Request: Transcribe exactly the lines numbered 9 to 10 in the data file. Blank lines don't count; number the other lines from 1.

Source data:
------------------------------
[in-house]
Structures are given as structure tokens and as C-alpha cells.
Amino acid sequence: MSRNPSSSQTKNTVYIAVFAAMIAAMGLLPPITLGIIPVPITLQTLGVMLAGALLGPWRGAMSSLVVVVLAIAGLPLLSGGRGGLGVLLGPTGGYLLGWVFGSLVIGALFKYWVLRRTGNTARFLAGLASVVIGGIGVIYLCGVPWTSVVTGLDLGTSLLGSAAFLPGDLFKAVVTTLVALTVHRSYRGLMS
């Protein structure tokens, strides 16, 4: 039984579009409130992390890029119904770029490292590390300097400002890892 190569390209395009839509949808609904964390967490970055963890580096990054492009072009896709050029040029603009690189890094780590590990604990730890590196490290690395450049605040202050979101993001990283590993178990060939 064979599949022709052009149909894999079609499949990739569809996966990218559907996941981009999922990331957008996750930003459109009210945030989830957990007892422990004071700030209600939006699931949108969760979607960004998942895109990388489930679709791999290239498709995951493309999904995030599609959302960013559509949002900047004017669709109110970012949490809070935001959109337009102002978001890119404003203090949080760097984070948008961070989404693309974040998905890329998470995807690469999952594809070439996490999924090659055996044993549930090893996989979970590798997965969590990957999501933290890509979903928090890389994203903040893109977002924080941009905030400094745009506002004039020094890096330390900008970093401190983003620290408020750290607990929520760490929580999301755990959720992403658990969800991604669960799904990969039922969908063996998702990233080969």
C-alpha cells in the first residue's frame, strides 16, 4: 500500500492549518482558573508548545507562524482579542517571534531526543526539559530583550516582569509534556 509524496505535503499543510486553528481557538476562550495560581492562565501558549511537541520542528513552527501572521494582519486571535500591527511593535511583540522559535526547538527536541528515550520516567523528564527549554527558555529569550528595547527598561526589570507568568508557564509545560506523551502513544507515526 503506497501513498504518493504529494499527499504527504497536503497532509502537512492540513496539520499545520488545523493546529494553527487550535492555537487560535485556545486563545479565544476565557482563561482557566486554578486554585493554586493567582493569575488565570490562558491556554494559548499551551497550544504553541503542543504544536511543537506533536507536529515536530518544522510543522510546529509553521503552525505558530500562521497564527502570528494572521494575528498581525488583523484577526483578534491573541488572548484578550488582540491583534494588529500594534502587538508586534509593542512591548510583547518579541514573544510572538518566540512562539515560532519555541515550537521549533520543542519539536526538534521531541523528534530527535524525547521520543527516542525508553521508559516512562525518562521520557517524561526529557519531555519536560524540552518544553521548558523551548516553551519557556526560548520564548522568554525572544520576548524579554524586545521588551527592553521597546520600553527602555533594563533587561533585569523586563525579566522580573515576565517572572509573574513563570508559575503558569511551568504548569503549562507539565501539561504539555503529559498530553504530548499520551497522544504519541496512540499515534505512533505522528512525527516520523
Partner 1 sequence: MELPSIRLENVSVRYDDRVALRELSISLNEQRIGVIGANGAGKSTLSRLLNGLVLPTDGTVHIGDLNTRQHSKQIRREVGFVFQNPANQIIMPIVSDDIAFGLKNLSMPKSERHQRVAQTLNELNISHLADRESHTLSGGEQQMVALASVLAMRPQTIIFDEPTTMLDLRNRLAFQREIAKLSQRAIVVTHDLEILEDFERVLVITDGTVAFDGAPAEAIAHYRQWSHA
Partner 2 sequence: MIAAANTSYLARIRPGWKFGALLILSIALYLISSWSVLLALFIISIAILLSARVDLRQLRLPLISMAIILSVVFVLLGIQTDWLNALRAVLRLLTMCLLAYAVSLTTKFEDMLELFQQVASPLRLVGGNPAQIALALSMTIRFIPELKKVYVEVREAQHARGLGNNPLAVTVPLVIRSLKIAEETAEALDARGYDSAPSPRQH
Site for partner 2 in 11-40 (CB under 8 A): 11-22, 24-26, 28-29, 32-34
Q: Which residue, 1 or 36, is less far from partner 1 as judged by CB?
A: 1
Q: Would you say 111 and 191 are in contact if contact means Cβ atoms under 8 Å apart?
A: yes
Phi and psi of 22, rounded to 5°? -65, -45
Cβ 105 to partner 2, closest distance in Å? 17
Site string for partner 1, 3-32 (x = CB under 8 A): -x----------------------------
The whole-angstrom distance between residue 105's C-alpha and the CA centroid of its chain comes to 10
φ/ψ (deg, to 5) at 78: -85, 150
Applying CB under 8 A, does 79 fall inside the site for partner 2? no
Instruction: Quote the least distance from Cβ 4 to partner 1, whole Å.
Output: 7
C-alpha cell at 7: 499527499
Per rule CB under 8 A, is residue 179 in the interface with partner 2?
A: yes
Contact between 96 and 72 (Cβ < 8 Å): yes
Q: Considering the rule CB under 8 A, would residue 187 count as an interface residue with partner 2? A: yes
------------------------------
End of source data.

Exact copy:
Q: Which residue, 1 or 36, is less far from partner 1 as judged by CB?
A: 1